“At a minimum, it's a mixed message from the government," said Timothy Callaghan, an assistant professor in the Department of Health Policy and Management at the Texas A&M University School of Public Health. “Those individuals who are hesitant are going to be looking to various pieces of information to help them make this decision...and if one of the key pieces of information coming out is the government funding anti-vaccine groups, it could send a signal to these individuals that maybe they shouldn't be vaccinating," he told The Texas Tribune.

The Austin-based nonprofit has more than 43,000 followers on Facebook and regularly posts information questioning the safety of the coronavirus vaccines. Bigtree's online anti-vaccine talk show was penalized by Facebook and YouTube last year for violating misinformation policies and downplaying the severity of the pandemic.

Facebook has cracked down on several of the groups that received the PPP loans, a spokesperson for the social network told the Post. Informed Consent Action Network's page, labeled with a link to Facebook's Coronavirus Information Center, is not being recommended to users by the company's algorithms, the Facebook spokesperson told the Post.

In an interview, Bigtree said his organization spent the funds on employees' salaries. “Just like everybody else, we were trying to keep employees employed instead of putting them on unemployment," Bigtree told The Tribune. He described the effect of Facebook's anti-misinformation efforts on his organization's content as “censorship" and a “dangerous" sign of the times.

Recent polling shows vaccine skepticism poses a public health threat in Texas, where Republican elected officials have largely echoed President Donald Trump's minimizing of the pandemic, said James Henson, head of the Texas Politics Project at the University of Texas at Austin. An October University of Texas/Texas Tribune Poll found that if a vaccine against the coronavirus became available at a low cost, 42% of Texas registered voters said they would try to get it and 36% said they wouldn't — a significant drop from the 59% who said in a UT/Texas Politics Project poll in June that they would get vaccinated against the disease.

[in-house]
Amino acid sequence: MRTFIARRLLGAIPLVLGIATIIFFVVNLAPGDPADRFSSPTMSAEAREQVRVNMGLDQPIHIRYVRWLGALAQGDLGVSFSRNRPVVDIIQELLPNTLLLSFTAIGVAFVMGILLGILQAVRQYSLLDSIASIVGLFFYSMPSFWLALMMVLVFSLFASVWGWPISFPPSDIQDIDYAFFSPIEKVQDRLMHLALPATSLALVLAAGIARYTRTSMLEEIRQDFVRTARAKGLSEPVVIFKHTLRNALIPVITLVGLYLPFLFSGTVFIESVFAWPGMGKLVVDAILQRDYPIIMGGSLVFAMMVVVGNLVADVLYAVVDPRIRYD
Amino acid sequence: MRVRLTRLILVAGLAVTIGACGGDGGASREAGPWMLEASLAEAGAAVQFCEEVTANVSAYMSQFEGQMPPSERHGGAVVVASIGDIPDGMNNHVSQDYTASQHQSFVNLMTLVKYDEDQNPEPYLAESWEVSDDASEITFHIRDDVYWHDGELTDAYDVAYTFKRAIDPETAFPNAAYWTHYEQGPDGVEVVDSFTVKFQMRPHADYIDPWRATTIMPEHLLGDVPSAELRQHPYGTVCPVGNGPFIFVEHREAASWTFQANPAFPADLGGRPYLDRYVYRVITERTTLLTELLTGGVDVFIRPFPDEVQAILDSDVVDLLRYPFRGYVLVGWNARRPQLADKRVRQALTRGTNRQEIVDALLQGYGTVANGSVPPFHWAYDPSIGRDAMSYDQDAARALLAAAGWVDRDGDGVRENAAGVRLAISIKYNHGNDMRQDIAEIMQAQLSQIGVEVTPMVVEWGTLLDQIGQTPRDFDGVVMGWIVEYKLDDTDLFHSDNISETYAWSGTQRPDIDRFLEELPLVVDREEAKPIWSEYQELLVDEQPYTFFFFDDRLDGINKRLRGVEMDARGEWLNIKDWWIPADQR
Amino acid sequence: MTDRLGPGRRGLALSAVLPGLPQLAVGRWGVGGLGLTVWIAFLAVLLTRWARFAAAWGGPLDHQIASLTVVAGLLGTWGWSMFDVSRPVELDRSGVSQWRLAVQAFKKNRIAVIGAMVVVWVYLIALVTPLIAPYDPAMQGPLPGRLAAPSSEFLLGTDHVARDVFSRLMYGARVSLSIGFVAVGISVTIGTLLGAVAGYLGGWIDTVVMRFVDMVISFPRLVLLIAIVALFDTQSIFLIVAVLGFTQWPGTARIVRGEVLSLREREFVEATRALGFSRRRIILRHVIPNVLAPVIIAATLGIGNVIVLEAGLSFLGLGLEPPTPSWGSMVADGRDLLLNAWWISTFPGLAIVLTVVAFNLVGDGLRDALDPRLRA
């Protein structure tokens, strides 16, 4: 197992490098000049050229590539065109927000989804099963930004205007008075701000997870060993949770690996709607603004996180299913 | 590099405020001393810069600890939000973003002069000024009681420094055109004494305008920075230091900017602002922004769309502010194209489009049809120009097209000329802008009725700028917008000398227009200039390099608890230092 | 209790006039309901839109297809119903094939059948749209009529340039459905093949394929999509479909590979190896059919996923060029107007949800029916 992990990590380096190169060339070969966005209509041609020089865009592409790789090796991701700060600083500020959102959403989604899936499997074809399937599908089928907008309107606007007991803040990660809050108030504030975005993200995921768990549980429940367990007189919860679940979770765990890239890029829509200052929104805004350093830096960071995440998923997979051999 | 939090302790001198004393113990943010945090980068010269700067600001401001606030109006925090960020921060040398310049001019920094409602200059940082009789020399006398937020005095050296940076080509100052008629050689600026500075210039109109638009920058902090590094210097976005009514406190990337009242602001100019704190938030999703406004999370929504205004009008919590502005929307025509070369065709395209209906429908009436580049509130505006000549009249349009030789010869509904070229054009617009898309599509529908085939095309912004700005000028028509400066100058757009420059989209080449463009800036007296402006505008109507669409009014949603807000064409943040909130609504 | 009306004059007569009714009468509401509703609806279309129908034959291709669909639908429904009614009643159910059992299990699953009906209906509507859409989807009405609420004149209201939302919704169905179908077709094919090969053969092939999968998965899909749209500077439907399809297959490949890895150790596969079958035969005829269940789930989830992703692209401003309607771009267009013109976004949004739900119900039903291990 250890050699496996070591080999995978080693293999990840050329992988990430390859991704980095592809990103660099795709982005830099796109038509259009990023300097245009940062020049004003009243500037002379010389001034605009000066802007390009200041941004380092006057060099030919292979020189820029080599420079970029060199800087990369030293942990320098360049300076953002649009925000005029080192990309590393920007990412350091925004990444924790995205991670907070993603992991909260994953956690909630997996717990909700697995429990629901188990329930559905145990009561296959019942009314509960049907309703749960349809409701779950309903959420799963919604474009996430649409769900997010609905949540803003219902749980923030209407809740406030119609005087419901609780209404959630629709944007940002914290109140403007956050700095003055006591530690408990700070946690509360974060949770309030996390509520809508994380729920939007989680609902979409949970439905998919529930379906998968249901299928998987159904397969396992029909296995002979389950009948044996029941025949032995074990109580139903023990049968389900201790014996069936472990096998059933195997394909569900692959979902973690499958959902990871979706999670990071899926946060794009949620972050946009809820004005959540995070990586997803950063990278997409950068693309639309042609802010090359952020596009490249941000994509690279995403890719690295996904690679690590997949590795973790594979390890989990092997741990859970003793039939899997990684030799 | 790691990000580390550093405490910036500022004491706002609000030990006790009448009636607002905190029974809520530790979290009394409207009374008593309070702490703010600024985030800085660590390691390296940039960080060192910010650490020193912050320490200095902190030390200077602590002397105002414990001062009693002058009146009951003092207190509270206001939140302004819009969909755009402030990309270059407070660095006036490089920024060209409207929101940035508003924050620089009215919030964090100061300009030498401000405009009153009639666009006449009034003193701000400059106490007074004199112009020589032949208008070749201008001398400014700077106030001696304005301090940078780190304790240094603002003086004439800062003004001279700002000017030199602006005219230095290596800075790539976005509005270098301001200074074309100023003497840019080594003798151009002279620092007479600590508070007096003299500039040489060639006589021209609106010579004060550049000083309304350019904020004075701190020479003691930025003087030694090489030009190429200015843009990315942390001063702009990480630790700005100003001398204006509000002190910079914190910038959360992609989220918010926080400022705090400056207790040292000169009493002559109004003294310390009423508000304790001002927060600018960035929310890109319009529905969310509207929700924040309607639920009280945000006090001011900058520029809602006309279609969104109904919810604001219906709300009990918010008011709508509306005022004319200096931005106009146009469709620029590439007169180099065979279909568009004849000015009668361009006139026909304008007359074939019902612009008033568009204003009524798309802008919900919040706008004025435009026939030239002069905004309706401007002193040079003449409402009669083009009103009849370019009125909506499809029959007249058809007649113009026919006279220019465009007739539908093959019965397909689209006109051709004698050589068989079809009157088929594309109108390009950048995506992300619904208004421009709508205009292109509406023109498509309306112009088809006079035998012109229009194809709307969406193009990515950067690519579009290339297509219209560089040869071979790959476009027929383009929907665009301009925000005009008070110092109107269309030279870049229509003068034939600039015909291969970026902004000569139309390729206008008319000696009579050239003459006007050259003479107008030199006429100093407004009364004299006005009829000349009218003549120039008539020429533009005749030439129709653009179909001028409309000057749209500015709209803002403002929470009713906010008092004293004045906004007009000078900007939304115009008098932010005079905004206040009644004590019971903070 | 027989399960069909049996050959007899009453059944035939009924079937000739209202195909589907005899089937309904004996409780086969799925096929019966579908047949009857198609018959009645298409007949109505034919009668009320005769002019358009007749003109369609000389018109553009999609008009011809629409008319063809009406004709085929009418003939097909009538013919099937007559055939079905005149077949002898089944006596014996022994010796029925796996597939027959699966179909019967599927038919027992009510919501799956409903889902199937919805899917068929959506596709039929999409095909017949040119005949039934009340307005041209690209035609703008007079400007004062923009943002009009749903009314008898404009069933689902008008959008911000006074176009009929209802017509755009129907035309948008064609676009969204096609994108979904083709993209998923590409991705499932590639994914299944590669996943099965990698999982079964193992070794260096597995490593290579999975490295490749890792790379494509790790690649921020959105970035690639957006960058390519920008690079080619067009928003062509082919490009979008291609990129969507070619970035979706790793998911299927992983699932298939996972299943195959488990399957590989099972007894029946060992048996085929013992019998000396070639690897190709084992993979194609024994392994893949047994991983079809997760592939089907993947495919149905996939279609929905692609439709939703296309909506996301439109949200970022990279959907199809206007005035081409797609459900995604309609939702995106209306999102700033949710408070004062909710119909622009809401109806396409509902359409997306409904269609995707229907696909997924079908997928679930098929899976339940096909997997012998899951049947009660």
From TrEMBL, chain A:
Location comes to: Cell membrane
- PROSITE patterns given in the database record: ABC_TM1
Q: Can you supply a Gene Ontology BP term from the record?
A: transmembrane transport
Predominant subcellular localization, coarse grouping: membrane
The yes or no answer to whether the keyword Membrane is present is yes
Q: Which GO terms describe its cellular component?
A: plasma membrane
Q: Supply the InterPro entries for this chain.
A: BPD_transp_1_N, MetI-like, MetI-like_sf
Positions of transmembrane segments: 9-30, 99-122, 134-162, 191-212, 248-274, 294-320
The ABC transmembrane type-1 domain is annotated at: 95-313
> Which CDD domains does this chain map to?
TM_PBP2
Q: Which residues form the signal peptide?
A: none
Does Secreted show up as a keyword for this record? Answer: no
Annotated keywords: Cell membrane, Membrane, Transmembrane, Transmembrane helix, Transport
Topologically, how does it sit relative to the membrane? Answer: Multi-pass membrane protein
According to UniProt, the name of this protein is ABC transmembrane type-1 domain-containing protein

That anti-vaccine groups received PPP funds “sticks out as being really at odds with public health, but the bigger problem here is that there has been a pronounced lack of consistent messaging on the safety, effectiveness and necessity of the vaccine from both national and statewide leaders, in particular Republicans," Henson said. “That's left a huge vacuum where there should be unambiguous messaging about the vaccine."

The five groups that received the loans are The National Vaccine Information Center, Mercola Com Health Resources LLC, Informed Consent Action Network, Children's Health Defense Co., and the Tenpenny Integrative Medical Center, according to the U.K.-based Center for Countering Digital Hate, the Post reported.

Keep reading... Show less

Federal judge temporarily blocks Texas' ban on abortions during coronavirus pandemic

Editor's note: this story has been updated to include comment from AG Ken Paxton.

Keep reading... Show less
BRAND NEW STORIES

Don't Sit on the Sidelines of History. Join Alternet All Access and Go Ad-Free. Support Honest Journalism.